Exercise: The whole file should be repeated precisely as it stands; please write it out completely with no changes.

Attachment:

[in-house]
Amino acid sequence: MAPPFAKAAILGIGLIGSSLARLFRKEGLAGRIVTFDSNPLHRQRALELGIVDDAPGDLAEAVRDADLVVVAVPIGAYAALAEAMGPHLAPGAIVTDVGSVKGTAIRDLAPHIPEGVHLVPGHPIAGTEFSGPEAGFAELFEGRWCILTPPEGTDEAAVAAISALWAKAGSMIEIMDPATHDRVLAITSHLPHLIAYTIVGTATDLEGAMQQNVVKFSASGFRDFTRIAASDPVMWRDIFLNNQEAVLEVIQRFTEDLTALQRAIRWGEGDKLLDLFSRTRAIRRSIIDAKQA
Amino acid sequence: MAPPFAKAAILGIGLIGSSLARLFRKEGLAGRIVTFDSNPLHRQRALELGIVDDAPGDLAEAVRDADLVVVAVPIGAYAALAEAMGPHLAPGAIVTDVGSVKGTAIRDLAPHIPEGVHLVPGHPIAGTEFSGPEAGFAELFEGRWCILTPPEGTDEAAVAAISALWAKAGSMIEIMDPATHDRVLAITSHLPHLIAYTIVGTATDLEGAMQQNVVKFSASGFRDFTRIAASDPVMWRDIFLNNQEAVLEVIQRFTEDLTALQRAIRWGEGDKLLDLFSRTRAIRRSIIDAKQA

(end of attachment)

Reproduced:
[in-house]
Amino acid sequence: MAPPFAKAAILGIGLIGSSLARLFRKEGLAGRIVTFDSNPLHRQRALELGIVDDAPGDLAEAVRDADLVVVAVPIGAYAALAEAMGPHLAPGAIVTDVGSVKGTAIRDLAPHIPEGVHLVPGHPIAGTEFSGPEAGFAELFEGRWCILTPPEGTDEAAVAAISALWAKAGSMIEIMDPATHDRVLAITSHLPHLIAYTIVGTATDLEGAMQQNVVKFSASGFRDFTRIAASDPVMWRDIFLNNQEAVLEVIQRFTEDLTALQRAIRWGEGDKLLDLFSRTRAIRRSIIDAKQA
Amino acid sequence: MAPPFAKAAILGIGLIGSSLARLFRKEGLAGRIVTFDSNPLHRQRALELGIVDDAPGDLAEAVRDADLVVVAVPIGAYAALAEAMGPHLAPGAIVTDVGSVKGTAIRDLAPHIPEGVHLVPGHPIAGTEFSGPEAGFAELFEGRWCILTPPEGTDEAAVAAISALWAKAGSMIEIMDPATHDRVLAITSHLPHLIAYTIVGTATDLEGAMQQNVVKFSASGFRDFTRIAASDPVMWRDIFLNNQEAVLEVIQRFTEDLTALQRAIRWGEGDKLLDLFSRTRAIRRSIIDAKQA